For her part, Johnson misses her neighbors and their friendships forged chatted over the back fence.
“I miss Bea,” she said. “I really do.”
Not to be critical of Uptown specifically, they note that the loss of neighborhood identity isn’t unique.
“I don’t know if there’s anywhere you can go now where they really have that anymore. I think that’s gone. I think that’s gone all over the country, really,” said Wiseman, noting he observed the same thing in the Chicago where he’d grown up.
For seniors especially, this loss of amenities and relationships can lead to loneliness and inactivity that can be deadly. In Uptown there are several spaces and organizations working to rebuild lost connections specifically for vulnerable seniors.
The neighborhood has two dedicated senior living facilities. Located at 669 North Third Street, Magnolia Terrace offers 69 one-bedroom apartments for residents 62 and older. They also offer activities and an on-site sundry store and beauty shop.
Uptown Manor in the 1000 block of North Seventh Street is operated by the Cocaine Alcohol Awareness Program and offers 50 low-cost, rent-subsidized units for people 58 and older.
There’s also the very successful senior center managed by Oasis of Hope and located in the Bickford community center at 233 Henry Avenue.
The program has served 40 to 50 seniors every Monday through Friday from 8:30 a.m. until 1 p.m. for the past 17 years. Seniors spend the morning doing scheduled activities, enjoy a hot lunch provided by MIFA, then relax and socialize with some free time until the afternoon.
The majority are from Uptown’s 38107 zip code, but the center’s two-person staff and team of volunteers see participants from as far away as Cordova and Whitehaven.
“We do a lot for our seniors to help them stay younger and be stronger,” said Shirley Glenn, director of the senior center.
Activities including quilting, ceramics, bead making, computer classes, massage, line dancing, guest speakers, and exercise provided by the Arthritis Foundation three days a week. They’ve also taken field trips to Discovery Park in Union City, Tenn.; an Amish Farm in Ethridge, Tenn.; the B.B. King museum near Cleveland, Miss.; the Stax Museum; and the casinos in Tunica, Miss.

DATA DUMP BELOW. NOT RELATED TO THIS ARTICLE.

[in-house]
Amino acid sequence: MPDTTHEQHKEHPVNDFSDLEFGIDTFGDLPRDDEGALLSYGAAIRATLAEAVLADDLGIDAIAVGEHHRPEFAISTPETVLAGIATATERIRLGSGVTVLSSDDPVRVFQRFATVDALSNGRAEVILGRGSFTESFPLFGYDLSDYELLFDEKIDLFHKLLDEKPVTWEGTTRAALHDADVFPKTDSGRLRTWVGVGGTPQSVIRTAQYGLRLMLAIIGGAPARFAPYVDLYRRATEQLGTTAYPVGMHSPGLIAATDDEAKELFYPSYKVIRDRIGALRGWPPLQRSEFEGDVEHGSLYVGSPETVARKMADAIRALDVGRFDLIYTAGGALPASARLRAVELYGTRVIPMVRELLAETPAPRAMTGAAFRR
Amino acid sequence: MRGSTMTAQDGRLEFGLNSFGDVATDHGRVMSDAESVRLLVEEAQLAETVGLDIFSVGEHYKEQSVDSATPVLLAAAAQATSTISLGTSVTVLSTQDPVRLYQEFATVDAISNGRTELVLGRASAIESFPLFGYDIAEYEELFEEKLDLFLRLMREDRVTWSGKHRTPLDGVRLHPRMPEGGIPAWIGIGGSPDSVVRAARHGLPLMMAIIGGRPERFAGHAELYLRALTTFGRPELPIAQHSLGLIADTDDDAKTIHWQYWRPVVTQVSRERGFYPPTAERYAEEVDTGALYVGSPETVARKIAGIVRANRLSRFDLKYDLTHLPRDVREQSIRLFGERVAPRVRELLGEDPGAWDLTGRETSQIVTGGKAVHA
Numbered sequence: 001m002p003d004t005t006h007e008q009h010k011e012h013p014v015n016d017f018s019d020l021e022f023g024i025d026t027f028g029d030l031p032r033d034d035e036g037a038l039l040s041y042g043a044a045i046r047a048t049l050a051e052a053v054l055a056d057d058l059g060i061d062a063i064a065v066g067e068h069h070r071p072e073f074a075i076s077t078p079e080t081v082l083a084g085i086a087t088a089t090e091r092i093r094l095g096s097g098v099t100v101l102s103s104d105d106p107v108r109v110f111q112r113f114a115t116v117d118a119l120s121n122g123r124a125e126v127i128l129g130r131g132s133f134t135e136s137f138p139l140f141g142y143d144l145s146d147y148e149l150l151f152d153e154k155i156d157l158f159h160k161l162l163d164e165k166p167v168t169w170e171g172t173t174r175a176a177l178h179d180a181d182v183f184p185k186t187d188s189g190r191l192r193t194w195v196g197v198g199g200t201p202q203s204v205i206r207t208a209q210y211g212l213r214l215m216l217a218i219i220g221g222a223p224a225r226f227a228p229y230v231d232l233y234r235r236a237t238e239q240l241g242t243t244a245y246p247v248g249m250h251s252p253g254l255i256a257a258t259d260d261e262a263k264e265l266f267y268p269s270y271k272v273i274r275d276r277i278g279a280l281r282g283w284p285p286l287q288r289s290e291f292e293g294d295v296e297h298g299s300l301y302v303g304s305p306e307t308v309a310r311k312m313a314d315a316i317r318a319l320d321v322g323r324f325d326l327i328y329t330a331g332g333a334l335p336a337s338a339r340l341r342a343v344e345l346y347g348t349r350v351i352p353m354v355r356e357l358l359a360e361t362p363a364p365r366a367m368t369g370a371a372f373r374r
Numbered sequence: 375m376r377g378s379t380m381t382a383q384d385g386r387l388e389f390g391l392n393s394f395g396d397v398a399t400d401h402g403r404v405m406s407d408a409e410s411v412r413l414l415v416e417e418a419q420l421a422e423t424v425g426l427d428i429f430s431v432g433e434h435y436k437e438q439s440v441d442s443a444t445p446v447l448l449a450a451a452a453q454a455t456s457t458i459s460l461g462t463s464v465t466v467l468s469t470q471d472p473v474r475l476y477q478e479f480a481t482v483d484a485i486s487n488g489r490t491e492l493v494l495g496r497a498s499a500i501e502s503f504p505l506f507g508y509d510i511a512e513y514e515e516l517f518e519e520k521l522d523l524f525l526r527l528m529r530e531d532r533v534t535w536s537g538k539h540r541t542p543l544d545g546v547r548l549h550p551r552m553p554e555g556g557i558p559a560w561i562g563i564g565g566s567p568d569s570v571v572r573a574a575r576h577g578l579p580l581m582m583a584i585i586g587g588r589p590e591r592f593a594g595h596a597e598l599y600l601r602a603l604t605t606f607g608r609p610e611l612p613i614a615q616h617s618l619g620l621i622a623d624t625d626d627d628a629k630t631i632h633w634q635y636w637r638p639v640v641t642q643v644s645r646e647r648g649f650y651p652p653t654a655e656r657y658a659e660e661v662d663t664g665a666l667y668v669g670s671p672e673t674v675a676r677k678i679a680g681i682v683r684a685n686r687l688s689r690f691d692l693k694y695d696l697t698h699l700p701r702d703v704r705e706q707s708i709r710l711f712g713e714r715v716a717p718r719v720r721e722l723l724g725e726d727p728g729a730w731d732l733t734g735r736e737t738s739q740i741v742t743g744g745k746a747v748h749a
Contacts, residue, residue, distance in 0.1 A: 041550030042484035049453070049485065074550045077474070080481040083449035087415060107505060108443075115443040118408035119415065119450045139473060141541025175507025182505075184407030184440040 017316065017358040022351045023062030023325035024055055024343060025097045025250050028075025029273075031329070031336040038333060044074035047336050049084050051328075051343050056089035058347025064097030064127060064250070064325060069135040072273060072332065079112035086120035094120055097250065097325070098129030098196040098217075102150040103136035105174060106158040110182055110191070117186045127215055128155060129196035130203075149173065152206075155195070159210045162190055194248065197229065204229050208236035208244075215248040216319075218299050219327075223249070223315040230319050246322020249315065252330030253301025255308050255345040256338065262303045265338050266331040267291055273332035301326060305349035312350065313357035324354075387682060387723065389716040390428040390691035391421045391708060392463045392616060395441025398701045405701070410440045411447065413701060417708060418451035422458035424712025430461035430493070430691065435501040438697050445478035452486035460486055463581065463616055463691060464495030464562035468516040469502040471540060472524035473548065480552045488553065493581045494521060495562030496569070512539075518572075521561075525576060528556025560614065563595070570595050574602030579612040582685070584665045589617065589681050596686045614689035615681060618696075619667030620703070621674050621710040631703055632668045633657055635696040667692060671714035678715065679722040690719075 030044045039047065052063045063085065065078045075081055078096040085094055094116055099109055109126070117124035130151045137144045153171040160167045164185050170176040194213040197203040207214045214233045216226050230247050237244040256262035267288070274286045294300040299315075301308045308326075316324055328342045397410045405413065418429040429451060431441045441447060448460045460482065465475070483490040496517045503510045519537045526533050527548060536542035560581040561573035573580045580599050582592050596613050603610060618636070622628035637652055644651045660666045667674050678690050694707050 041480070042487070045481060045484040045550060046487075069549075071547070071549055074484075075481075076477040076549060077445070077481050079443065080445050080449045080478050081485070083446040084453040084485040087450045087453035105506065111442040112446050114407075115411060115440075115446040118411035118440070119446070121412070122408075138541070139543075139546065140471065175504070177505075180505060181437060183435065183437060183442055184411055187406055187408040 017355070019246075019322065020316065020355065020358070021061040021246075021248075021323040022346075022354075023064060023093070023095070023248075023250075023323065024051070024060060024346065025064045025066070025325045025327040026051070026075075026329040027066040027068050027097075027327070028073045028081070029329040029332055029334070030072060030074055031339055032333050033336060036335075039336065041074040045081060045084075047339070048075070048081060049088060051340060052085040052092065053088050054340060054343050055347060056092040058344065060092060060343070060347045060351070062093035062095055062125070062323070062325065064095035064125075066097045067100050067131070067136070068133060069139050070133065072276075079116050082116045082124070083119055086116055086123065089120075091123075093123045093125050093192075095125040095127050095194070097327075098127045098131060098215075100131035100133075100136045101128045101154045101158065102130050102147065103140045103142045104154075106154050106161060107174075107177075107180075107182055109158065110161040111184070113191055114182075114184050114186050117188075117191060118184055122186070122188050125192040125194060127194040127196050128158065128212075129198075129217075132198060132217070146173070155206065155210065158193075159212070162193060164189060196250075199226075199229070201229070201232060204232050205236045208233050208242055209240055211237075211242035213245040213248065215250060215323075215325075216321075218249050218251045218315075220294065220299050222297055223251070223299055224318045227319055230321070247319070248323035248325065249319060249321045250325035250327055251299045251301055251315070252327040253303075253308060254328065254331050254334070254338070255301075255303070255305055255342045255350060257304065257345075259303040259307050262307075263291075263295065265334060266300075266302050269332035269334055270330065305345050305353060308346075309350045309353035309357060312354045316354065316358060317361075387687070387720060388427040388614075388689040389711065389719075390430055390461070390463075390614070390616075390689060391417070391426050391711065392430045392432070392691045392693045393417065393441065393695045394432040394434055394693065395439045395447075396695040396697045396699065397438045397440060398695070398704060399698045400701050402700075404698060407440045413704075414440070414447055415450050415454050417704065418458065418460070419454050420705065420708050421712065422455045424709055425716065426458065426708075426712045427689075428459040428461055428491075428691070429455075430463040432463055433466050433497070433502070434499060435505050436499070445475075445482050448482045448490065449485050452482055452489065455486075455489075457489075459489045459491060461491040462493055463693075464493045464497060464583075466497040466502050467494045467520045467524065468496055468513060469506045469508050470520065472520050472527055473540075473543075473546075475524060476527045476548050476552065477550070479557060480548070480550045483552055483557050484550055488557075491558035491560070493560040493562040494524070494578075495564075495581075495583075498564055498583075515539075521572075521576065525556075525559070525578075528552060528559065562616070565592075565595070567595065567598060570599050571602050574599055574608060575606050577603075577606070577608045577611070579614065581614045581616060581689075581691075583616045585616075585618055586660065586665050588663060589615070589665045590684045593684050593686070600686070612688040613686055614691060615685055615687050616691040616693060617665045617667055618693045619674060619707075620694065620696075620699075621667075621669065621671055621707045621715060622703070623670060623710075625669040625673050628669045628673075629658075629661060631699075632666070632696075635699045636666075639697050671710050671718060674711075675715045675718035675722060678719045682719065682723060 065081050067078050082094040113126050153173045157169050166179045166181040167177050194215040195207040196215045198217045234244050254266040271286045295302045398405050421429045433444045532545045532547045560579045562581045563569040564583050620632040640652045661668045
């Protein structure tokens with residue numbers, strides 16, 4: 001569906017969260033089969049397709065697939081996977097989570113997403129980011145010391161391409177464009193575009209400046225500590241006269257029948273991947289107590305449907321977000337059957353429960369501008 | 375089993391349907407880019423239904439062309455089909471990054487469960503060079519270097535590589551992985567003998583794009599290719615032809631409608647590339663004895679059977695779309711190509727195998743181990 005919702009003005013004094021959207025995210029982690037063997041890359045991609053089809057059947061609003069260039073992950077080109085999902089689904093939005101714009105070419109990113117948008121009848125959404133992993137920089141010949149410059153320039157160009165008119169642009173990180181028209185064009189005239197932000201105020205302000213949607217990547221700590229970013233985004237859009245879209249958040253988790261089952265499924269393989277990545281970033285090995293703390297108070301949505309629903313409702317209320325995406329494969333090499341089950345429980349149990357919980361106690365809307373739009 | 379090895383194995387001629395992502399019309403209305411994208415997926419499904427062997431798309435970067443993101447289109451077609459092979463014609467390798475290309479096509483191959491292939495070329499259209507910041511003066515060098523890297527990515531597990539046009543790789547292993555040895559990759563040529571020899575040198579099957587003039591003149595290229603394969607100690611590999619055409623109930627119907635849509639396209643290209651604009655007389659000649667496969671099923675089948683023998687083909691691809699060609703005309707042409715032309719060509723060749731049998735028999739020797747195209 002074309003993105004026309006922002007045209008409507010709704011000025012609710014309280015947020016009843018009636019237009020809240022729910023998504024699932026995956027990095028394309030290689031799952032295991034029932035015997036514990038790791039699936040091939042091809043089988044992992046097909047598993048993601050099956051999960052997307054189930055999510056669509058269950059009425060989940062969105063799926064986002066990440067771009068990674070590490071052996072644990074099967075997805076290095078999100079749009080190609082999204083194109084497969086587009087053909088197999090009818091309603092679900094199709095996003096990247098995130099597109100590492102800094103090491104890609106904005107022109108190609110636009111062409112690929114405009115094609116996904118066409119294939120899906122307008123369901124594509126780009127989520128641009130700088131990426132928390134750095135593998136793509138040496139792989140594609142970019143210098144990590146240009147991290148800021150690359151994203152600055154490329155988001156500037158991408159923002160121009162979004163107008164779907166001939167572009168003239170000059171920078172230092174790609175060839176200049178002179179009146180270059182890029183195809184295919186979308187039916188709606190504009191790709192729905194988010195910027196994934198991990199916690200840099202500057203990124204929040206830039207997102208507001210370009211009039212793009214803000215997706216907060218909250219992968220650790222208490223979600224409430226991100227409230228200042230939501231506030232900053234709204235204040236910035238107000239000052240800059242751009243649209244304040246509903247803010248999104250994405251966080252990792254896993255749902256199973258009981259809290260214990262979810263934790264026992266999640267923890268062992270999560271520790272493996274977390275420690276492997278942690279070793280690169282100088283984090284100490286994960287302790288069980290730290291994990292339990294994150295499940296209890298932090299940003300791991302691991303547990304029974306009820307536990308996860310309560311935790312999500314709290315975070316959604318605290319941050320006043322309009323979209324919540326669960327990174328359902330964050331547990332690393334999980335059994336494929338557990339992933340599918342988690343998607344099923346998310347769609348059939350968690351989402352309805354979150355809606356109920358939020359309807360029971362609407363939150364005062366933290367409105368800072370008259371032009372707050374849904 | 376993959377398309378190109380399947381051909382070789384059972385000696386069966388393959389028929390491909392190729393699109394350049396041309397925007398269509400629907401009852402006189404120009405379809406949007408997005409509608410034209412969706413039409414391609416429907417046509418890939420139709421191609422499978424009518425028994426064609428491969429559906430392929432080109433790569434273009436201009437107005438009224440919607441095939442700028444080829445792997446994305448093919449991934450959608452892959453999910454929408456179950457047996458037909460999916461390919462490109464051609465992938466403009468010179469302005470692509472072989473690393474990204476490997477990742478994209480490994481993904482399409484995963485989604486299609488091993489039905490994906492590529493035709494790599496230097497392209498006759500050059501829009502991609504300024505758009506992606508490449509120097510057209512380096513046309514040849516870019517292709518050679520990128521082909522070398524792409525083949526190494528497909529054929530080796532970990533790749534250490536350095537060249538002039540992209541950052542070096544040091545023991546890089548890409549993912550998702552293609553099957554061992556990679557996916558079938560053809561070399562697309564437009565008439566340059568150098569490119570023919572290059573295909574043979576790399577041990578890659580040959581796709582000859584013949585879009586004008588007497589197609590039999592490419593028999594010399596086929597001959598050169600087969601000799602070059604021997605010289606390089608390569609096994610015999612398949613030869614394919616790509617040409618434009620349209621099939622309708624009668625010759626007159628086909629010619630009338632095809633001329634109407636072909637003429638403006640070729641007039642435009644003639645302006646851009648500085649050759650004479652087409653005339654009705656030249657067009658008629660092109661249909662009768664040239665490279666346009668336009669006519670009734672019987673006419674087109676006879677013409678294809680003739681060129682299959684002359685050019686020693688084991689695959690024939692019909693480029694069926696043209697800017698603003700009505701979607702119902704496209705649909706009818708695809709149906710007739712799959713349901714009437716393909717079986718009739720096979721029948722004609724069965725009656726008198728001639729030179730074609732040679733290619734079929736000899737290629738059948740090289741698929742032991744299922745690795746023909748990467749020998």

Seniors play Bingo at the Bickford Community Center in Uptown. (Brandon Dahlberg)
According to Glenn, the center boasts one of only two indoor heated pools operated by the city of Memphis and their water aerobics class is one of the biggest draws for seniors from across the city. The center also offers help addressing life concerns like utility assistance and legal advice.
But despite its impressive catalog, its most important offerings might be it people and the space itself.
“Our program [gives] seniors a place to go during the day ... Seniors are left behind when family goes to work ... Having a senior program gives them the ability to get out, exercise their brains and bodies, and just socialize with people their age that really understand what’s going on,” said Glenn.
Annie Jones has been coming to the center for over a decade and has seen it act as a lifeline for many people, including herself.
“I fell last year and had to have a pacemaker. My children don’t want me to sit home by myself,” she said.
Her doctor also encouraged her to leave her house, she herself was more than happy to stay active.
“I’ve got me a life to live,” she said.
Richard Roberts, a resident of Magnolia Terrance and participant at the center, agrees.
“It gives you something to do, take your mind off your troubles, you come down and enjoy yourself. Nowadays you can’t go anywhere and just sit down and enjoy yourself,” he said, adding that most commercial spaces expect visitors to purchase something.
Glenn points out that the program is free and that’s especially important for low-income areas like Uptown and seniors on fixed incomes. No fees mean more people can participate.
Programs like the senior center help to regain some of the community connection that’s been lost to years of abandonment, but there’s more work to be done.
The senior center always needs more volunteers. Specifically, they could use a person who can teach computer skills to seniors.
Wiseman and Johnson said they’d also love to see more retail return, a new grocery store, and young people and families moving back in. Wiseman is particularly interested in seeing more Asian and Latino representation to help diversify the neighborhood.
And there’s always room for more activities and ways to engage neighbors, especially vulnerable groups like seniors.
While Johnson and Wiseman think it’s unlikely the neighborhood will ever be as vibrant as it once was, they still hope.
As Johnson said, a deep and happy nostalgia in her voice, “It would be so nice if we could have a Fourth of July like one of the ones we used to have. Just one.”